Long distance love : a survivor’s guide
I was 20 when I first came to Lao PDR. It was April and the country was actively preparing itself for the Buddhist New Year celebrations (Pi Mai Lao). If this colorful and wet event was surely a bonus in my travel plan, it wasn’t what convinced me to book my ticket to fly through half the planet. I had met few weeks earlier a cute Lao guy on some gay website. After chatting our fingers off on MSN, I had decided to move things a step further and meet him in real life. Love at first sight, few days of walking on clouds and I couldn’t be happier. But this was only a vacation and I eventually had to go back to my boring european routine. We were back to square one. Actually, we weren’t exactly at the same point. Our little situation was even worse than before. I had kissed his lips. I had felt his skin on my fingers. Marcel Proust cherished the odors of freshly baked madeleines as his dearest memory. My madeleine was my lover’s smell. With thousands of kilometers separating each other, the lack of him became excruciating and the only window opened to his world was my cold computer screen. How frustrating! Phone calls helped for a while, cam sex did too but we needed more. After few difficult months, I’ve managed to move to Lao PDR. If our story came to an end, having to deal with a distance relationship happened to me again once, twice … From a boyfriend living in Chiang Mai to another one spending most of his time working in Pattaya, I had my share of that schizophrenic lifestyle . One day, I’d be jumping in his arms and have passionate I-missed-you-so-bad sex but the next we would have endless I-miss-you-so-much conversations over the phone. Sadly, it always failed the test of time and left my heart in pieces.
I’m convinced that long distance relationship trauma is the new disease of the 21th century and of course we can all blame it on Internet. Thanks to Fridae, Gayromeo, Gay.com or Manhunt, we now meet people living in other cities or even countries; we surely find them exotic, intriguing and much more appealing than the ones who live around the corner, so we end up dating internationally. Relationships move as fast as the speed of your wireless connection. You hop on a plane, meet up for a date, chemistry is there, you go back home and you already are in a committed relationship. Several of my close friends are now dealing with that situation, with more or less result. If their journeys are different, their hopes are identical. They all deeply believe in their love for one another and feel that a few hundreds or thousands kilometers won’t stop them from being together. Realistically speaking though, geographical distance is often followed by a sentimental gap, growing bigger and bigger between each partner, as time passes by. So don’t waste a second, no spontaneity is allowed if you want to survive a long distance relationship. You’ve got to be prepared, organized and able to plan ahead of time your love reunions. It will give you a sense of stability and ground your relationship.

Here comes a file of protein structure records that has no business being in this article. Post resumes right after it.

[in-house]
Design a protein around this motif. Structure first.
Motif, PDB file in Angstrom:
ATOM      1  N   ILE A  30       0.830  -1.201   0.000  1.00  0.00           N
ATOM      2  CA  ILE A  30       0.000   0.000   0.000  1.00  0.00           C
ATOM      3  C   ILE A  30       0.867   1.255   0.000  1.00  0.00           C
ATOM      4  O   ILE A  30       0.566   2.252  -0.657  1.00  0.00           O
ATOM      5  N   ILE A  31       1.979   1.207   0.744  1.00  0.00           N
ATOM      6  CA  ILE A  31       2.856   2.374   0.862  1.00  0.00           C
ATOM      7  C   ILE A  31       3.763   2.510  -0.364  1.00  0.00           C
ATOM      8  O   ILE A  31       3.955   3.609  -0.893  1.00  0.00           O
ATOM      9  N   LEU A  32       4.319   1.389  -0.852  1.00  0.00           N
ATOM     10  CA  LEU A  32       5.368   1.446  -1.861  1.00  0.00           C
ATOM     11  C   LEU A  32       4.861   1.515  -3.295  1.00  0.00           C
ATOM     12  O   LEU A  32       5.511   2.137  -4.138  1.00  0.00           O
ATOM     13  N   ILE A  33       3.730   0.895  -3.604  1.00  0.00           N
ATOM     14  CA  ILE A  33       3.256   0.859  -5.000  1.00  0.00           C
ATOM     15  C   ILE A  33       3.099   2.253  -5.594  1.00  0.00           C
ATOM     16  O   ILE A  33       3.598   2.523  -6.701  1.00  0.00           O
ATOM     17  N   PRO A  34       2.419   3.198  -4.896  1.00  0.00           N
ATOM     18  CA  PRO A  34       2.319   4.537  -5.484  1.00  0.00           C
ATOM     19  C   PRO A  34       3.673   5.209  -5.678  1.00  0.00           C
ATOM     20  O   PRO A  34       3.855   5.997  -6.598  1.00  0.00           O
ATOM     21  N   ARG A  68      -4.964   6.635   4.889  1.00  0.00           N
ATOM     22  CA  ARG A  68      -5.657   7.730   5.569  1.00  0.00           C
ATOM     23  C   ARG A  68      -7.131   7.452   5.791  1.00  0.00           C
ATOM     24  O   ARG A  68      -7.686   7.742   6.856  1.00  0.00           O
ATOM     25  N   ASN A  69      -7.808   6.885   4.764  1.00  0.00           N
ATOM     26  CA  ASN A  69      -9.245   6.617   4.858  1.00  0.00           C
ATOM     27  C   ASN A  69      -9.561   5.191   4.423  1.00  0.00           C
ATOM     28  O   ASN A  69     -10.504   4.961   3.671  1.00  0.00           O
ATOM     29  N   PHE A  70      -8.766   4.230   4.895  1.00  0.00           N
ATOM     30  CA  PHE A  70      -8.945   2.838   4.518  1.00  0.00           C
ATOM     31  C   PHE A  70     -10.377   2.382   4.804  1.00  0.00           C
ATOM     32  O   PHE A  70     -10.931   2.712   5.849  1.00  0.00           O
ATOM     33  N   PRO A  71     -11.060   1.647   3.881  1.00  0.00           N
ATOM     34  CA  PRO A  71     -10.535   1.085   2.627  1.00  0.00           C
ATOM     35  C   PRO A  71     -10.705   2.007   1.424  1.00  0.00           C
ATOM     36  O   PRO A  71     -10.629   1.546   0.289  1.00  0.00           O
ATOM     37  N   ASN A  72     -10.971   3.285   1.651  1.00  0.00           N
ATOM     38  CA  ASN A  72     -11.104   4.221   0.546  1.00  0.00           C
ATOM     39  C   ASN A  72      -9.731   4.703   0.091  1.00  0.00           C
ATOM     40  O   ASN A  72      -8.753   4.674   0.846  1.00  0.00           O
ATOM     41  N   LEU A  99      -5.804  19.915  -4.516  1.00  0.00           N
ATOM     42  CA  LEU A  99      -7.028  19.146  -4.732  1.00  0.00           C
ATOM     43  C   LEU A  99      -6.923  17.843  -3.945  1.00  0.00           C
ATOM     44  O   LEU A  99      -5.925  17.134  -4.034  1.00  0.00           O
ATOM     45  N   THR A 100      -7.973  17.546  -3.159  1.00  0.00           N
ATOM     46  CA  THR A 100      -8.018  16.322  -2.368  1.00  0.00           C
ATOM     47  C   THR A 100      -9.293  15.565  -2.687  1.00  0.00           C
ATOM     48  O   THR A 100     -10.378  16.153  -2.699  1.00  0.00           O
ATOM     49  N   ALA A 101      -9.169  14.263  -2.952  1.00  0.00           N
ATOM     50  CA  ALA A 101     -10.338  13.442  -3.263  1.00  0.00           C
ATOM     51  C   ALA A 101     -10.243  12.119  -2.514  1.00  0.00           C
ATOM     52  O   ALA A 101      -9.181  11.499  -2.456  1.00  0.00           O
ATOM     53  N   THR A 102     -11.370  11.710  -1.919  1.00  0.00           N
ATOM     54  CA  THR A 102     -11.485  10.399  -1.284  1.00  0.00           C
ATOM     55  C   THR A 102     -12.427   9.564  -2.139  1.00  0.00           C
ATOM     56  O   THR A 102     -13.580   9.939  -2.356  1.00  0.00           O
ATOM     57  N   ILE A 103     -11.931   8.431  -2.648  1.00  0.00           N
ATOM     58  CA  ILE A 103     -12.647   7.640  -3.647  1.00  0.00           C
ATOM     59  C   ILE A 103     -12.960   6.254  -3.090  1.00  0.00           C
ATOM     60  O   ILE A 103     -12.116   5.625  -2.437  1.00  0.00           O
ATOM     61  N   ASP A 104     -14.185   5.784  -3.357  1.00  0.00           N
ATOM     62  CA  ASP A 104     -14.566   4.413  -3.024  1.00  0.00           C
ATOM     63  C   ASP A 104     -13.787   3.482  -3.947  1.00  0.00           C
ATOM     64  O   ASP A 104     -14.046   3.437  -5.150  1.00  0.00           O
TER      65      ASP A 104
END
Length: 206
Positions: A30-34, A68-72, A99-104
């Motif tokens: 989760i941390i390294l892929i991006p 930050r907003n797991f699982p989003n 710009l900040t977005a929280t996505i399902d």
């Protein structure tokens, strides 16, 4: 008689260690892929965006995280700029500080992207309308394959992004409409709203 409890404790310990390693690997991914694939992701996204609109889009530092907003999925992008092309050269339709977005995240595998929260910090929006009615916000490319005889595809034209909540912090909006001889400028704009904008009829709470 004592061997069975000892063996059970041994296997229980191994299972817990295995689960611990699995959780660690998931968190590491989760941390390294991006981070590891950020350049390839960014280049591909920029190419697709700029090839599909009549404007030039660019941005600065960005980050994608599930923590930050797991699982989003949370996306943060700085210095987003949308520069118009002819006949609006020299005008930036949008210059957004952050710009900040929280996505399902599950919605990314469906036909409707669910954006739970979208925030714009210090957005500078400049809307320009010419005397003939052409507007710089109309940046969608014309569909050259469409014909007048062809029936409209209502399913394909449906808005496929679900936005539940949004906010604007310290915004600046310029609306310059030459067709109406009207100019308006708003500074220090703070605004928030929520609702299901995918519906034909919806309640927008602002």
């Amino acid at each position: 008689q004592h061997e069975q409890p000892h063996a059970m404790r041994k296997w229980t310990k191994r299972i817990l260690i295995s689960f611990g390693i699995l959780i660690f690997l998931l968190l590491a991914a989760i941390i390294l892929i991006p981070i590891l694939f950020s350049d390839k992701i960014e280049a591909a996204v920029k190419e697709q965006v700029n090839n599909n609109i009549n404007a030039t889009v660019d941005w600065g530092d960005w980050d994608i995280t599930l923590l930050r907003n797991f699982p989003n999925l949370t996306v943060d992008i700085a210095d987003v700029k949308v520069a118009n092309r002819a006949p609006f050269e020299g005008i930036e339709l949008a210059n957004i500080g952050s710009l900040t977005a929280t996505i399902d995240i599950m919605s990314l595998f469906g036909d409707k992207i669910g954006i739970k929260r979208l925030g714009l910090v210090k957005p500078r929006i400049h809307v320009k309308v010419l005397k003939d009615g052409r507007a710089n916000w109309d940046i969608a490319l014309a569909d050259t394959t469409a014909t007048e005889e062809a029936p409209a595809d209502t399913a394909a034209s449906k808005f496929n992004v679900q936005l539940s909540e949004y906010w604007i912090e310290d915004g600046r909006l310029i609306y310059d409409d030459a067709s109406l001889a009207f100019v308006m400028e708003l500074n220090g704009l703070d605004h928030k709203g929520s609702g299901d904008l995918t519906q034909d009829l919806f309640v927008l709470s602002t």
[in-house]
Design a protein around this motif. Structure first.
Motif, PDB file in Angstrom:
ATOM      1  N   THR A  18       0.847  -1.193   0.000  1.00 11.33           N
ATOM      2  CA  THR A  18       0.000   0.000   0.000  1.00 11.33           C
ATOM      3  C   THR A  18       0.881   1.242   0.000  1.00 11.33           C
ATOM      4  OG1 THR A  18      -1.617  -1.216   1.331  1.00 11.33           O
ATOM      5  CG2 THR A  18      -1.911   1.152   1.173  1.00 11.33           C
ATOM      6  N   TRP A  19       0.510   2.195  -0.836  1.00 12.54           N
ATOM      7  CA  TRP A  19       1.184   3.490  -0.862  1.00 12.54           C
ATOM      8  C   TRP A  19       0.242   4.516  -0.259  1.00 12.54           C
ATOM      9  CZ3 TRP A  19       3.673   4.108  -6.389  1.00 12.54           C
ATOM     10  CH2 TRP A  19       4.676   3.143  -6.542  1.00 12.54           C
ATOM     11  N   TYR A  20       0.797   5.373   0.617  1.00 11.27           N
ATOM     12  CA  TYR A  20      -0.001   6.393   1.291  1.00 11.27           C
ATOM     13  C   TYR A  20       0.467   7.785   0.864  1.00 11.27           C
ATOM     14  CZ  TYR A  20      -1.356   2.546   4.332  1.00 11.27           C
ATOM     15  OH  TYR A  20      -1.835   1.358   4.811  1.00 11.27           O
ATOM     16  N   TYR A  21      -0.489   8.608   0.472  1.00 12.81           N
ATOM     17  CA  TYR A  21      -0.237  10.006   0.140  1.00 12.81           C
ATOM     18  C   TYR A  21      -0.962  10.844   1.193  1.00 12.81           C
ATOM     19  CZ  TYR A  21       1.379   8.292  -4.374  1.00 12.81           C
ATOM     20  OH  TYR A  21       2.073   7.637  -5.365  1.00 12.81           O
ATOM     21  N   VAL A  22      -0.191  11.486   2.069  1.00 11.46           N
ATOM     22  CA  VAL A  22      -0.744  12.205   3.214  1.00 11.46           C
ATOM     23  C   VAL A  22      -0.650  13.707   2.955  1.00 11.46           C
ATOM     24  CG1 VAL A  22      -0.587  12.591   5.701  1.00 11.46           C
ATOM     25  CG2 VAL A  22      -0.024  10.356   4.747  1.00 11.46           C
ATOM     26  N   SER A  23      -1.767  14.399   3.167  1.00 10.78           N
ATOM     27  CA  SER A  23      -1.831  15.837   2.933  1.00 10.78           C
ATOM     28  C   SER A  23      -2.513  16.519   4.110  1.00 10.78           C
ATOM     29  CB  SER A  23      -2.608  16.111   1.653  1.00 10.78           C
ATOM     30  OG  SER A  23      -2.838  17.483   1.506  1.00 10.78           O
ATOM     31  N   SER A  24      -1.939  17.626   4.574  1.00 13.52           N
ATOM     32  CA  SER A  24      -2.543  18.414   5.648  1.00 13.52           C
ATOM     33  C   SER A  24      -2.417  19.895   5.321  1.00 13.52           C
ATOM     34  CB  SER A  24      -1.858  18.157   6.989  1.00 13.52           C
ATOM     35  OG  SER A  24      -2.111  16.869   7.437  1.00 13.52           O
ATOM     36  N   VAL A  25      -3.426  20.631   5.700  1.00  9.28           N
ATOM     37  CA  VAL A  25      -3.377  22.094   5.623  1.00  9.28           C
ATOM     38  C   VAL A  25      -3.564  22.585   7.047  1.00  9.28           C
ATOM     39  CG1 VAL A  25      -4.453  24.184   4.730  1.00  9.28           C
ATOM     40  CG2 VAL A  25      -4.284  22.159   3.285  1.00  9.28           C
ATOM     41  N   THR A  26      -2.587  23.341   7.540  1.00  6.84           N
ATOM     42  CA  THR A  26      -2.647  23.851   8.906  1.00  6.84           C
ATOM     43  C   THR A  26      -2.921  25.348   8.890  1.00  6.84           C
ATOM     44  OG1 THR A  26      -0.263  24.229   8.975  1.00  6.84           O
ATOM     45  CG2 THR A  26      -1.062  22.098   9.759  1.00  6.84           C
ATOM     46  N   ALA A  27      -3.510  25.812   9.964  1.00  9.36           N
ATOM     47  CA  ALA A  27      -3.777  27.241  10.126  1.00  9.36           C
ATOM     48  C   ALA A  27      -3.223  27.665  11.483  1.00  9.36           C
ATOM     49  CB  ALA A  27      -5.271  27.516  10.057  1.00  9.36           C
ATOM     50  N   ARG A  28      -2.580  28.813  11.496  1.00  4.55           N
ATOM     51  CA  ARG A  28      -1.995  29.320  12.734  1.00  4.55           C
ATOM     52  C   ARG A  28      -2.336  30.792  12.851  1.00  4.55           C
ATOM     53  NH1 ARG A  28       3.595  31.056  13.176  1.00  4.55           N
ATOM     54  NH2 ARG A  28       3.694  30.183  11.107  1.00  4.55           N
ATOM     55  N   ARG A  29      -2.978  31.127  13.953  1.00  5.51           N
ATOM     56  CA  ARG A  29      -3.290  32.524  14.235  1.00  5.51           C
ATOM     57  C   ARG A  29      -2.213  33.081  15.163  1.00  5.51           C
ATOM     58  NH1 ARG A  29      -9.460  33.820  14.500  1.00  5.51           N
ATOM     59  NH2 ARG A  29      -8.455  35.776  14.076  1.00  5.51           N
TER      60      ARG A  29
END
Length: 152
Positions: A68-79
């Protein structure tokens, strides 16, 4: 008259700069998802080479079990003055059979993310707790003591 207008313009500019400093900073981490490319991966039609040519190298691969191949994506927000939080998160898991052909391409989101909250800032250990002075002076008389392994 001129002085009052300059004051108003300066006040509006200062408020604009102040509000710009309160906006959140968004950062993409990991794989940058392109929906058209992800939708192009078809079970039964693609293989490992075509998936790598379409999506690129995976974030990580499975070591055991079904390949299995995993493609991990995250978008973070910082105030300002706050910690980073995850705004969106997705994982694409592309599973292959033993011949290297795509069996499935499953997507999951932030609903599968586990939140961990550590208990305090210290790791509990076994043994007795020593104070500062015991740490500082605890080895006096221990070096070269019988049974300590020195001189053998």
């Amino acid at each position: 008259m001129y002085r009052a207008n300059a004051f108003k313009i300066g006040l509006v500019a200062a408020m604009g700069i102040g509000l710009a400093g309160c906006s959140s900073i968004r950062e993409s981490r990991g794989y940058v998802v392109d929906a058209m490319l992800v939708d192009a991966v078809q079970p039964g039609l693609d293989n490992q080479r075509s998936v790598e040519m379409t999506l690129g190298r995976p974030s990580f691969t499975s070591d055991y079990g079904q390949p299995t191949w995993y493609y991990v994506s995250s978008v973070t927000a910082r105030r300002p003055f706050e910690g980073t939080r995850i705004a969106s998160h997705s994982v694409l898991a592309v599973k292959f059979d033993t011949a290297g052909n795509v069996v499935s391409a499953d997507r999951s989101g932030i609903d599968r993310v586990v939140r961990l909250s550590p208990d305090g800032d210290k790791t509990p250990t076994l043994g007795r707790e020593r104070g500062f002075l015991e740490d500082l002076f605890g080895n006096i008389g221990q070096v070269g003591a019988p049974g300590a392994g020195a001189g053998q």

If getaways can’t occur as often as you would like them to, be prepared to make concessions. I don’t know if it’s testosterone’s fault or simply the central place given to sex in the homosexual universe, but asking if two men together and living apart, stay faithful to each other sounds nowadays like a bad joke. The concept of open relationship has taken over the gay world as rapidly as sissy boys shake their asses on Lady Gaga’s beats. Monogamy became tacky. In Thailand, “gigs” gravitate around your loved one. You close one eye and have fuck dates with other guys. You’ve just got to convince yourself that cheating doesn’t mean anything and that your feelings for one another aren’t fading away. Is it a skip and a go from a break up? It doesn’t have to. Just set your own rules and make sure you take every decision as a couple and not as two single people sharing a special bound.
To ensure that your love is distance-proof, there is actually only one requirement: don’t let that uneasy situation poison the core of your relationship. Don’t let distance be its central component. It should be about you and him, not about the absence of “us”. Keep in mind that being apart is not a death sentence hanging over your love story, it’s just an obstacle.